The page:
Karst aquifers form the most significant groundwater reserve in Switzerland. 18% of the drinking water is exploited from these aquifers. In spite of this significance, they are poorly documented as concepts and tools dedicated to their systematic characterisation did not exist. As a consequence karst aquifer documentation was of variable quality and precision, but generally quite low in Switzerland. Management strategies were therefore often arbitrary and far from optimal. Insufficient knowledge of karst systems and the absence of methods to improve this situation made the implementation of more adequate management very difficult. During the last 15 years the needs for better documentation increased as new types of projects (e.g. windmills) were carried out. Researchers at the Swiss Institute for Speleology and Karst Studies (SISKA) worked on various cases and realised that the scientific background was available to design a clear workflow for setting up a model of karst hydrogeological systems.
Within the scope of the Swisskarst project, SISKA therefore developed a systematic and pragmatic approach to characterise karst aquifers and systems. This approach, called “KARSYS”, provides concrete 3D models of the aquifers which can directly be used for the management of karst groundwater. These models address three basic questions: (1) Where does the water emerging at a karst spring come from? (2) Which underground routes does it flow through? (3) What are the groundwater reserves and where are they located? This approach was developed in order to be applicable with a reasonable effort. Results must also be usable for further refinement such as flow modelling.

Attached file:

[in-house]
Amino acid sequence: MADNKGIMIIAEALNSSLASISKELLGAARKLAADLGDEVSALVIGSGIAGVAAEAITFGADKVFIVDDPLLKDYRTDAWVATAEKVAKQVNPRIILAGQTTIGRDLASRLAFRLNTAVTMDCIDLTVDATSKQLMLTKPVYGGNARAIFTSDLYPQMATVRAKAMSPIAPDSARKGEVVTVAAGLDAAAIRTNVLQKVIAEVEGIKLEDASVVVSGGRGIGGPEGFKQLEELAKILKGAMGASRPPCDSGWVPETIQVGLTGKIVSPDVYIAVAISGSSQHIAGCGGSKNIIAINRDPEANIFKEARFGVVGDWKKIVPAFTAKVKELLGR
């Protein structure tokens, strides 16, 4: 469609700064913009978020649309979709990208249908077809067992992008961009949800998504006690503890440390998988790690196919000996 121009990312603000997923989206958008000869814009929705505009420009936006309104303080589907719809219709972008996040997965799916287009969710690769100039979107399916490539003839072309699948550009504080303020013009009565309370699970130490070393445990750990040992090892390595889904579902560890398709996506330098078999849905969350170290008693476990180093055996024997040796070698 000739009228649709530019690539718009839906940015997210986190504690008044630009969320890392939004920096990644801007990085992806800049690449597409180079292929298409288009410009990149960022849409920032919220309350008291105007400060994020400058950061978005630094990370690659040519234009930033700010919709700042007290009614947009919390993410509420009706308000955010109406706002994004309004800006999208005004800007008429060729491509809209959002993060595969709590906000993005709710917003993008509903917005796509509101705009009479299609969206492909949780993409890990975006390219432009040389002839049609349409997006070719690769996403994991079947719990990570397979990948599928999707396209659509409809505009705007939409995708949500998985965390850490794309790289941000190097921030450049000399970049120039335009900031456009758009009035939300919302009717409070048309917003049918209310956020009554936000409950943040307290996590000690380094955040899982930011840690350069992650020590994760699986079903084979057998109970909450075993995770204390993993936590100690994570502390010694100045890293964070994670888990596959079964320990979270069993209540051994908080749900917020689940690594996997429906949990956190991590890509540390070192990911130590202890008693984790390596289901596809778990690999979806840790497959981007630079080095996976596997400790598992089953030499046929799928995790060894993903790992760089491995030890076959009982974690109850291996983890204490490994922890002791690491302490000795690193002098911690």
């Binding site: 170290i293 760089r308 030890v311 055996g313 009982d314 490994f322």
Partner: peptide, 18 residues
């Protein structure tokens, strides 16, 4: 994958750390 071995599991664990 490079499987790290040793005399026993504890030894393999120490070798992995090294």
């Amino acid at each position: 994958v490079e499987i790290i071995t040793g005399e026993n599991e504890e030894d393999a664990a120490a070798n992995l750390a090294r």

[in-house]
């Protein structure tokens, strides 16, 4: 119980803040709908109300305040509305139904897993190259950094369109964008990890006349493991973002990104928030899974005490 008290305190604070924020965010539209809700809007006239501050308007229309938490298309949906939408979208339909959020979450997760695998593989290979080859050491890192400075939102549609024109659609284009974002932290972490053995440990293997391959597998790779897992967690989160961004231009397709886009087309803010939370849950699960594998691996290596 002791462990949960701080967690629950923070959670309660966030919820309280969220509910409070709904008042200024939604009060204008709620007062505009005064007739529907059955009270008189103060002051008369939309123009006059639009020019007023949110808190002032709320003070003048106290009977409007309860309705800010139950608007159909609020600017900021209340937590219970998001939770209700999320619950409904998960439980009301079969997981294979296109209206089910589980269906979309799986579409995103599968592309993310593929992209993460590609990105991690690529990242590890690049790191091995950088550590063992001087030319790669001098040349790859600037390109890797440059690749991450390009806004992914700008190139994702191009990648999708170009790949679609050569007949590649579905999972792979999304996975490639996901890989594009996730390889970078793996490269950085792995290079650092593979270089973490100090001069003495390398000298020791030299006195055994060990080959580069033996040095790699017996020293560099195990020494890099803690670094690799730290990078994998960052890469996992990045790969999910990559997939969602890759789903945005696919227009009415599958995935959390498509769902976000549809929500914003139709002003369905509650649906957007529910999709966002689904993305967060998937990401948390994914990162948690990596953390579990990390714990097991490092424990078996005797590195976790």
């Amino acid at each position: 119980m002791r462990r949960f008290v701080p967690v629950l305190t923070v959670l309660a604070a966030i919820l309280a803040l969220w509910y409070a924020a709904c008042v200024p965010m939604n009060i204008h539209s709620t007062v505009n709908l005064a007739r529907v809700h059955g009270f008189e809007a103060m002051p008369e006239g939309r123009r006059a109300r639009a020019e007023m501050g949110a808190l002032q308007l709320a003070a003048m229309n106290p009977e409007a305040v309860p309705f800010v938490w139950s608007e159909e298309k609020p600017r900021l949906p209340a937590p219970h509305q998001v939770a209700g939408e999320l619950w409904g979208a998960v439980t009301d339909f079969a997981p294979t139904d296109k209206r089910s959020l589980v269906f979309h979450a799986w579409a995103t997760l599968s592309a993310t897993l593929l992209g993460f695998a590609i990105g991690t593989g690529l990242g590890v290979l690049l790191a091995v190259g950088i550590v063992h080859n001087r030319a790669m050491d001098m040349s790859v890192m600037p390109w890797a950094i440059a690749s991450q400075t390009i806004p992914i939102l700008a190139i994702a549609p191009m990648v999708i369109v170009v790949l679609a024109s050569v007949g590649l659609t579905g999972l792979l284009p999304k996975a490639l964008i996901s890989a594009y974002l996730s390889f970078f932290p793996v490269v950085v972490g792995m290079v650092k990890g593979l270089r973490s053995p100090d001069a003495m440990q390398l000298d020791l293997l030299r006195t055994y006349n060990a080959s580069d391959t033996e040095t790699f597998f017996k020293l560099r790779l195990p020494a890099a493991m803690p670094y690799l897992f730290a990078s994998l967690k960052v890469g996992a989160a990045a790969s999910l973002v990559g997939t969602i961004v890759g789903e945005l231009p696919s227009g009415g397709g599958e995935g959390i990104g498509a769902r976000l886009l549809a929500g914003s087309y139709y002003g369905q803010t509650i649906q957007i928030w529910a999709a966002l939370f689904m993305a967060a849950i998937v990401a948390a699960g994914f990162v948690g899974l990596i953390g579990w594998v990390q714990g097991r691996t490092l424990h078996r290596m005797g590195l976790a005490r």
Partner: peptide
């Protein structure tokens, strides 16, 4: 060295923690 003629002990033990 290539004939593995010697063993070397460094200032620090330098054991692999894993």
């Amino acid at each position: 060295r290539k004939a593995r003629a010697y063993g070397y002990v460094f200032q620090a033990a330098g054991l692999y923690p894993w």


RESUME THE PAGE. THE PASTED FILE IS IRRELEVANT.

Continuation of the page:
The main outcome of a KARSYS application is a 3D conceptual hydrogeological model of the study area, including a characterisation of aquifers and flow systems. As practitioners often prefer to use maps and profiles, four standard documents have been developed to synthetise and visualise the results of the approach: (1) a karst hydrogeological map based on a standardised mapping process, (2) an identity card of the system which gathers the main characteristics of the systems, (3) an interactive and ready-to-use 3D model of the system and (4) a list of literature on the investigated system. Depending on further application, other outputs may be derived from the approach in order to address any specific question. As the KARSYS approach is systematic and iterative, most of these outputs are automatically processed and regularly updated with the integration of new data and/or the correction of previous ones. The four documents provide a set of normalised and reproducible indicators which can be directly compared for all the documented systems.
The approach and by extension the project provides useful indications for the exploitation and the management of karst groundwater, such as for geothermal or hydropower energy production or for the prevention of natural hazards, or even for the assessment of civil engineering projects in karst environments. KARSYS was already utilised for a large number of applied questions, according to various demands of water authorities and users for the period 2010-2013. This induces a constant improvement of the approach and of its outputs. Concerning academic research, the approach pro-vides a consistent base to any hydrodynamic simulation of the system.
Towards a sustainable management of karst waters in Switzerland (SWISSKARST)